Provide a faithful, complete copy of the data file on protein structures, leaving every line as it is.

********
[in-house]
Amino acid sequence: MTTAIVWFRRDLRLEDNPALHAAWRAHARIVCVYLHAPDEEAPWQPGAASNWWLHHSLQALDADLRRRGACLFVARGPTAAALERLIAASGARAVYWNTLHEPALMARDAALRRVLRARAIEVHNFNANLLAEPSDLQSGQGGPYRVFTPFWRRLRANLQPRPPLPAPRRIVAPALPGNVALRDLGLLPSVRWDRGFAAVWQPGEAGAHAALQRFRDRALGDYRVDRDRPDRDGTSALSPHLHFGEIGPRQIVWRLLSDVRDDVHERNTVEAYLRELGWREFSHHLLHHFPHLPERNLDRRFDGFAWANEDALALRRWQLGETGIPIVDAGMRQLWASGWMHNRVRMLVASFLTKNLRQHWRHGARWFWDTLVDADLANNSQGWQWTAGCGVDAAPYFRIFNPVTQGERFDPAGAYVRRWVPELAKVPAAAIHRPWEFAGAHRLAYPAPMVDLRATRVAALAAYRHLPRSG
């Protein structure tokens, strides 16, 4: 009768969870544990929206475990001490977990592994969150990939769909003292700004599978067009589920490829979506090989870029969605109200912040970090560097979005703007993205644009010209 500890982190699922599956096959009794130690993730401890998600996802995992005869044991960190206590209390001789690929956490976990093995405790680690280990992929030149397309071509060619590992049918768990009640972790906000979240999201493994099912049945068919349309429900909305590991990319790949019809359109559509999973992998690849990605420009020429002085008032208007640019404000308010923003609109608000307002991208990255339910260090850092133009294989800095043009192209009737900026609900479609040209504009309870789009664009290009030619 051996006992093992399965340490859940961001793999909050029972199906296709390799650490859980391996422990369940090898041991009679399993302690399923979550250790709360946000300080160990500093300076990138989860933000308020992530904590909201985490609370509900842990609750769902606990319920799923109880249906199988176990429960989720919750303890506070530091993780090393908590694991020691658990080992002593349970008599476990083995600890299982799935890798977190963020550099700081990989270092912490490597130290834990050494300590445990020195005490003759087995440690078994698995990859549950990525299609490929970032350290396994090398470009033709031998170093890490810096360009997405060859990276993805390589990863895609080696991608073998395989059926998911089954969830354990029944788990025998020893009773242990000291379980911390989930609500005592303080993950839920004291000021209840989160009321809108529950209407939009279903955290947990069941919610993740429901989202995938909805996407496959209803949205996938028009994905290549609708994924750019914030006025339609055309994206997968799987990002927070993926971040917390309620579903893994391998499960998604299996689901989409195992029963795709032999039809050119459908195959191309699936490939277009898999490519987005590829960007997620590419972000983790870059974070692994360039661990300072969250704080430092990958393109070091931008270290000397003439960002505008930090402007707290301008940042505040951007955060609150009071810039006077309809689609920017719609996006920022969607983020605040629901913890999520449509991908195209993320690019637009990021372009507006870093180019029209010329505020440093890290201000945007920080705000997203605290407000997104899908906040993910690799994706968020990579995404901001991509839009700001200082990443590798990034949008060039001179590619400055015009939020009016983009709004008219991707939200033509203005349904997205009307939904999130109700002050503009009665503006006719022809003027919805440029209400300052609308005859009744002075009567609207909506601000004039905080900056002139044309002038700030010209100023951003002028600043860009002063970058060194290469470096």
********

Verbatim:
[in-house]
Amino acid sequence: MTTAIVWFRRDLRLEDNPALHAAWRAHARIVCVYLHAPDEEAPWQPGAASNWWLHHSLQALDADLRRRGACLFVARGPTAAALERLIAASGARAVYWNTLHEPALMARDAALRRVLRARAIEVHNFNANLLAEPSDLQSGQGGPYRVFTPFWRRLRANLQPRPPLPAPRRIVAPALPGNVALRDLGLLPSVRWDRGFAAVWQPGEAGAHAALQRFRDRALGDYRVDRDRPDRDGTSALSPHLHFGEIGPRQIVWRLLSDVRDDVHERNTVEAYLRELGWREFSHHLLHHFPHLPERNLDRRFDGFAWANEDALALRRWQLGETGIPIVDAGMRQLWASGWMHNRVRMLVASFLTKNLRQHWRHGARWFWDTLVDADLANNSQGWQWTAGCGVDAAPYFRIFNPVTQGERFDPAGAYVRRWVPELAKVPAAAIHRPWEFAGAHRLAYPAPMVDLRATRVAALAAYRHLPRSG
């Protein structure tokens, strides 16, 4: 009768969870544990929206475990001490977990592994969150990939769909003292700004599978067009589920490829979506090989870029969605109200912040970090560097979005703007993205644009010209 500890982190699922599956096959009794130690993730401890998600996802995992005869044991960190206590209390001789690929956490976990093995405790680690280990992929030149397309071509060619590992049918768990009640972790906000979240999201493994099912049945068919349309429900909305590991990319790949019809359109559509999973992998690849990605420009020429002085008032208007640019404000308010923003609109608000307002991208990255339910260090850092133009294989800095043009192209009737900026609900479609040209504009309870789009664009290009030619 051996006992093992399965340490859940961001793999909050029972199906296709390799650490859980391996422990369940090898041991009679399993302690399923979550250790709360946000300080160990500093300076990138989860933000308020992530904590909201985490609370509900842990609750769902606990319920799923109880249906199988176990429960989720919750303890506070530091993780090393908590694991020691658990080992002593349970008599476990083995600890299982799935890798977190963020550099700081990989270092912490490597130290834990050494300590445990020195005490003759087995440690078994698995990859549950990525299609490929970032350290396994090398470009033709031998170093890490810096360009997405060859990276993805390589990863895609080696991608073998395989059926998911089954969830354990029944788990025998020893009773242990000291379980911390989930609500005592303080993950839920004291000021209840989160009321809108529950209407939009279903955290947990069941919610993740429901989202995938909805996407496959209803949205996938028009994905290549609708994924750019914030006025339609055309994206997968799987990002927070993926971040917390309620579903893994391998499960998604299996689901989409195992029963795709032999039809050119459908195959191309699936490939277009898999490519987005590829960007997620590419972000983790870059974070692994360039661990300072969250704080430092990958393109070091931008270290000397003439960002505008930090402007707290301008940042505040951007955060609150009071810039006077309809689609920017719609996006920022969607983020605040629901913890999520449509991908195209993320690019637009990021372009507006870093180019029209010329505020440093890290201000945007920080705000997203605290407000997104899908906040993910690799994706968020990579995404901001991509839009700001200082990443590798990034949008060039001179590619400055015009939020009016983009709004008219991707939200033509203005349904997205009307939904999130109700002050503009009665503006006719022809003027919805440029209400300052609308005859009744002075009567609207909506601000004039905080900056002139044309002038700030010209100023951003002028600043860009002063970058060194290469470096």